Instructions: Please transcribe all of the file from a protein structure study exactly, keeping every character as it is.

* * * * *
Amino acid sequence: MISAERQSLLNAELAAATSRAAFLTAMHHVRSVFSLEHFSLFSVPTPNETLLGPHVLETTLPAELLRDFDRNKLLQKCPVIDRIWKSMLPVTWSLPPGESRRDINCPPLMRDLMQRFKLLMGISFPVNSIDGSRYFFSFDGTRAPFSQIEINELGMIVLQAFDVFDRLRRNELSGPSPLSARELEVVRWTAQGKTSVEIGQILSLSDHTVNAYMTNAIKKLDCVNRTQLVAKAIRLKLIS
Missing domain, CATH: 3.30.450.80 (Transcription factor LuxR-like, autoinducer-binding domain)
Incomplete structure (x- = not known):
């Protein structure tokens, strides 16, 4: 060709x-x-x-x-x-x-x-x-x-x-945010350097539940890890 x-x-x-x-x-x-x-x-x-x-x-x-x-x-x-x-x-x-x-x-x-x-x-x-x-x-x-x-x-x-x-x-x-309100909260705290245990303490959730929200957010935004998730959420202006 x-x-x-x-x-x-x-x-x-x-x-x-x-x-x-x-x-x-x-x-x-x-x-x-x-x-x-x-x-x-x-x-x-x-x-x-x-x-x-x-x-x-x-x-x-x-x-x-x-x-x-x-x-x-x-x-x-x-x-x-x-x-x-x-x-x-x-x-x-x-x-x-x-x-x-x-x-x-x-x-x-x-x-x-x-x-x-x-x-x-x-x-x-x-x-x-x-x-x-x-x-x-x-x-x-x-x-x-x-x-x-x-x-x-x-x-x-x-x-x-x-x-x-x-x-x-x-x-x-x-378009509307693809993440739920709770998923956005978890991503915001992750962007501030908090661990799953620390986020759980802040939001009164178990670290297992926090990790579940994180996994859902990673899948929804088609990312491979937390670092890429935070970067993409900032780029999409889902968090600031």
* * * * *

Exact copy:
Amino acid sequence: MISAERQSLLNAELAAATSRAAFLTAMHHVRSVFSLEHFSLFSVPTPNETLLGPHVLETTLPAELLRDFDRNKLLQKCPVIDRIWKSMLPVTWSLPPGESRRDINCPPLMRDLMQRFKLLMGISFPVNSIDGSRYFFSFDGTRAPFSQIEINELGMIVLQAFDVFDRLRRNELSGPSPLSARELEVVRWTAQGKTSVEIGQILSLSDHTVNAYMTNAIKKLDCVNRTQLVAKAIRLKLIS
Missing domain, CATH: 3.30.450.80 (Transcription factor LuxR-like, autoinducer-binding domain)
Incomplete structure (x- = not known):
């Protein structure tokens, strides 16, 4: 060709x-x-x-x-x-x-x-x-x-x-945010350097539940890890 x-x-x-x-x-x-x-x-x-x-x-x-x-x-x-x-x-x-x-x-x-x-x-x-x-x-x-x-x-x-x-x-x-309100909260705290245990303490959730929200957010935004998730959420202006 x-x-x-x-x-x-x-x-x-x-x-x-x-x-x-x-x-x-x-x-x-x-x-x-x-x-x-x-x-x-x-x-x-x-x-x-x-x-x-x-x-x-x-x-x-x-x-x-x-x-x-x-x-x-x-x-x-x-x-x-x-x-x-x-x-x-x-x-x-x-x-x-x-x-x-x-x-x-x-x-x-x-x-x-x-x-x-x-x-x-x-x-x-x-x-x-x-x-x-x-x-x-x-x-x-x-x-x-x-x-x-x-x-x-x-x-x-x-x-x-x-x-x-x-x-x-x-x-x-x-378009509307693809993440739920709770998923956005978890991503915001992750962007501030908090661990799953620390986020759980802040939001009164178990670290297992926090990790579940994180996994859902990673899948929804088609990312491979937390670092890429935070970067993409900032780029999409889902968090600031």